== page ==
X

New Report Assesses Patterns Of Chinese Soft Power In 17 European Countries

May 5th, 2021 12:40

The Euro­pean Think-tank Net­work on Chi­na (ETNC), com­prised of Chi­na experts from var­i­ous lead­ing Euro­pean research insti­tutes, has pub­lished a report map­ping and iden­ti­fy­ing dif­fer­ences in China’s soft-pow­er poli­cies in 17 Euro­pean coun­tries. The report argues that China’s rep­u­ta­tion and influ­ence is declin­ing in 10 of these coun­tries and that Bei­jing today seems less inter­est­ed in its appeal than in gain­ing coer­cive pow­er. Accord­ing to the report exec­u­tive summary:

  • Based on sep­a­rate analy­ses of 17 coun­tries and EU insti­tu­tions, this report con­cludes that Chi­nese soft pow­er in Europe – defined as the abil­i­ty to influ­ence pref­er­ences through attrac­tion or per­sua­sion – has fall­en on hard times.
  • Devel­op­ing soft pow­er has been a pil­lar of Chi­nese for­eign pol­i­cy and remains a stat­ed goal of China’s long-term pol­i­cy orientation.
  • We iden­ti­fy three promi­nent Chi­nese approach­es to devel­op­ing soft pow­er in Europe: pro­mot­ing Chi­nese lan­guage and cul­ture; shap­ing China’s image through the media; and using the sec­ondary soft-pow­er effects of eco­nom­ic prowess.
  • Recent­ly, and over the last year in par­tic­u­lar, Chi­na has become more assertive in attempt­ing to shape its image by expand­ing its toolk­it, par­tic­u­lar­ly to enhance its polit­i­cal mes­sag­ing. This includes the sys­tem­at­ic use of social media.
  • On the impor­tance of China’s econ­o­my, the lines can often be blurred between the attrac­tive­ness of eco­nom­ic coop­er­a­tion and the pres­sures of eco­nom­ic coer­cion. With­hold­ing mar­ket access for Euro­pean firms and prod­ucts has long been an observed prac­tice of reac­tive Chi­nese diplo­ma­cy, but an increas­ing­ly for­mal­ized devel­op­ment of sanc­tion­ing mech­a­nisms, includ­ing “unre­li­able enti­ty lists” and export con­trol leg­is­la­tion, is a cause for grow­ing concern.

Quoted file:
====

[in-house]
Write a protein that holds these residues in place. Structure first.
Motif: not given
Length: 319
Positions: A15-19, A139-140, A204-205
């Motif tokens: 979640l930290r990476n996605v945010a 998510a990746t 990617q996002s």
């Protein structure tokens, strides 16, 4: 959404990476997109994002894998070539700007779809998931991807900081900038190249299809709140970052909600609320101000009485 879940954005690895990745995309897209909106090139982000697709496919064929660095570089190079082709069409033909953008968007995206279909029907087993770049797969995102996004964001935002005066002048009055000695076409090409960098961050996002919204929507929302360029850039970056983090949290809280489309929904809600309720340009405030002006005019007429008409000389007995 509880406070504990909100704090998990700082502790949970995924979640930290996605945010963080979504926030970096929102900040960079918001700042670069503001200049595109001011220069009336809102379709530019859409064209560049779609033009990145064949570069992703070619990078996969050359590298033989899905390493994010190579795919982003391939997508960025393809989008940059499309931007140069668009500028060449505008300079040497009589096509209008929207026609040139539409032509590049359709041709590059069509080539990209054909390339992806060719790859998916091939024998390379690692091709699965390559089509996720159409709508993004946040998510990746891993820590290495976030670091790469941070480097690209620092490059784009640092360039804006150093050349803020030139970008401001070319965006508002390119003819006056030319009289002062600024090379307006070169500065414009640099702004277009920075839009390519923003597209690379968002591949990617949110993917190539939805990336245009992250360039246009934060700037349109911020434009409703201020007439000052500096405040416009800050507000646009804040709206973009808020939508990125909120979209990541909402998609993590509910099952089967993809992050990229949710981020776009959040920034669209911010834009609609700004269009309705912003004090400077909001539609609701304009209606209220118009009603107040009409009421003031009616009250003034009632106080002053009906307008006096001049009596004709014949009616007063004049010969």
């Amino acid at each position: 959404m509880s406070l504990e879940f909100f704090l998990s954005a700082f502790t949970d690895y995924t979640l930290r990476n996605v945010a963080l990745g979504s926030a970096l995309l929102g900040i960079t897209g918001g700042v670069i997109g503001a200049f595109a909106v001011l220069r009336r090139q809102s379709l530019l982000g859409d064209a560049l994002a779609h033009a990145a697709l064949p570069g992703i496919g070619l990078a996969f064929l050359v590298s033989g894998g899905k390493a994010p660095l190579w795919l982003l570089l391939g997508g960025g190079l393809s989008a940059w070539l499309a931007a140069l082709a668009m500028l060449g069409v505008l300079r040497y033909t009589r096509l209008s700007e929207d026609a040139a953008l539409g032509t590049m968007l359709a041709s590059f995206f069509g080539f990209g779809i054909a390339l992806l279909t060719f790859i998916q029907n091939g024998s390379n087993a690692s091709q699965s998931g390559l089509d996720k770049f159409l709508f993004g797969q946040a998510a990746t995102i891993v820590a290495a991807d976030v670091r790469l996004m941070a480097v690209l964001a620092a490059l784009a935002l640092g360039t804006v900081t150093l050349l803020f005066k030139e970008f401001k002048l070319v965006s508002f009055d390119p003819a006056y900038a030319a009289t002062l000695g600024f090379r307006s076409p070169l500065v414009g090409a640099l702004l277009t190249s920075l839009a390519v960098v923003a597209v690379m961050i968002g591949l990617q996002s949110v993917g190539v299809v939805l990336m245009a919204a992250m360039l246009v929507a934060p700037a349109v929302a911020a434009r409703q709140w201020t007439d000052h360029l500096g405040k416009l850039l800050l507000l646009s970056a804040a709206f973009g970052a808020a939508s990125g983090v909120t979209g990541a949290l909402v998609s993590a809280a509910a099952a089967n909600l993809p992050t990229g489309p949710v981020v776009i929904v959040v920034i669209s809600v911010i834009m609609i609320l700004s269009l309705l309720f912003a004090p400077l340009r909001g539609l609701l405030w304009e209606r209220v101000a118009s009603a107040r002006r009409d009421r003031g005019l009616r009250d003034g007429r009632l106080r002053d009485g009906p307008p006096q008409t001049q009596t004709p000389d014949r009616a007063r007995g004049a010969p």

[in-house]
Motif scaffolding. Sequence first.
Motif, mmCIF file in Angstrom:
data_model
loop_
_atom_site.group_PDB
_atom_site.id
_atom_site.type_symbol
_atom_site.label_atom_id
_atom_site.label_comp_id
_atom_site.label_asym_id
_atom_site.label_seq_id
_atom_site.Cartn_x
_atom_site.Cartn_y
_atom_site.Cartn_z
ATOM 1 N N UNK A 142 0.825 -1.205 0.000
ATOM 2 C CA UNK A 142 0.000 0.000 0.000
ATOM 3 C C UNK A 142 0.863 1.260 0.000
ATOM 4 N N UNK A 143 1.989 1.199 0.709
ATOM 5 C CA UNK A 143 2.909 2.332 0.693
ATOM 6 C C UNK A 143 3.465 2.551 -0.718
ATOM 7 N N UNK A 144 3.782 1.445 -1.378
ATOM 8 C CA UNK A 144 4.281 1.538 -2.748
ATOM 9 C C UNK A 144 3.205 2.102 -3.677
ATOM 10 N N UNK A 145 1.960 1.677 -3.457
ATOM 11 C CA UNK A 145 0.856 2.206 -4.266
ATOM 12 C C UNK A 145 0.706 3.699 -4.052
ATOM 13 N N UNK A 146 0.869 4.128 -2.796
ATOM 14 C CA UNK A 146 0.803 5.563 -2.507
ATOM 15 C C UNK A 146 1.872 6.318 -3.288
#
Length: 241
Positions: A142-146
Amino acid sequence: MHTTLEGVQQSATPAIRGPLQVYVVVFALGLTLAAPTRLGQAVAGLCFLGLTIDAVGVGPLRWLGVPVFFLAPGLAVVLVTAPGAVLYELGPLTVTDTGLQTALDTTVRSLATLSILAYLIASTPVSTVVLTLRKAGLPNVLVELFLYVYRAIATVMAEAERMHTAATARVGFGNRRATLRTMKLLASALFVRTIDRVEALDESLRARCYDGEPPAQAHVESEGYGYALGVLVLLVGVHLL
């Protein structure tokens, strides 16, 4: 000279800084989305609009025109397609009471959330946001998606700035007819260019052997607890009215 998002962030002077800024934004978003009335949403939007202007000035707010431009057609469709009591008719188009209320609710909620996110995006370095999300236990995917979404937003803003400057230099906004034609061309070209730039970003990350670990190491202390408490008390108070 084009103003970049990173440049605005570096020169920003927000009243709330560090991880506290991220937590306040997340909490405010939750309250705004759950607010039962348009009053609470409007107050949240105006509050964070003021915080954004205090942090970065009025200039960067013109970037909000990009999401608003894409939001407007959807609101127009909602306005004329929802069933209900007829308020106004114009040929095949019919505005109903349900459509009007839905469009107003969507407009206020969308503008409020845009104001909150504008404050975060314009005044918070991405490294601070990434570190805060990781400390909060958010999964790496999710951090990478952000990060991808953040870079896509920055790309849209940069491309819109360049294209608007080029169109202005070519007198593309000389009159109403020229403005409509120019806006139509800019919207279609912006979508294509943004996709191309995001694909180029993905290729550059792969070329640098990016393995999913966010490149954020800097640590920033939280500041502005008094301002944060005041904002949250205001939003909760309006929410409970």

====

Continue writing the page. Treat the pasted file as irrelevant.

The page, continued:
• In oth­er words, mar­ket access, trade and invest­ment oppor­tu­ni­ties are per­haps the sin­gle largest fac­tor deter­min­ing China’s appeal in Europe, but also a major source of its coer­cive power.
  • Dif­fer­ent pat­terns of Chi­nese soft pow­er pro­jec­tions can be seen across four groups of coun­tries analysed in this report: 
    • the first group (Aus­tria, Hun­gary, Poland, Por­tu­gal and Slo­va­kia), Chi­na does not appear com­pelled to active­ly project its soft pow­er, most­ly because of the lack of pub­lic inter­est in these countries.
    • Italy and Greece, China’s soft pow­er approach aims to arrest the trend of a dete­ri­o­rat­ing image and is geared towards dam­age containment.
    • Ger­many, Latvia, the Nether­lands, Roma­nia, Spain and the UK, per­cep­tions of Chi­na are clear­ly becom­ing less favourable, and Bei­jing is strug­gling with grow­ing vigilance.
    • in Czechia, Den­mark, France, and Swe­den, China’s soft pow­er is clear­ly in a state of free fall.

Read the full report here.

Chi­na is known for its use of “soft pow­er” in order to sup­port its goals of expand­ing glob­al influ­ence. It has been active­ly attempt­ing to inter­fere in the cur­rent US elec­tions, albeit at a small­er scale than Rus­sia and with the aim of sow­ing con­fu­sion rather than sup­port­ing either can­di­date. Recent Glob­al Influ­ence Oper­a­tions Report cov­er­age of China’s soft pow­er instru­ments includes:

  • In April, we report­ed that Chi­na employs an exten­sive net­work of more than 20 mil­lion “inter­net com­men­ta­tors” to ampli­fy con­tent favor­able to the Chi­nese government.
  • In April, we report­ed that Chi­na has used a Chi­na-based Cana­di­an YouTu­ber to defend itself against accu­sa­tions of human rights vio­la­tions against the Mus­lim Uyghur pop­u­la­tion in Xinjiang.
  • In March, we report­ed that Chi­na tries to con­trol its inter­na­tion­al stu­dents study­ing at Scot­tish uni­ver­si­ties through stu­dent associations.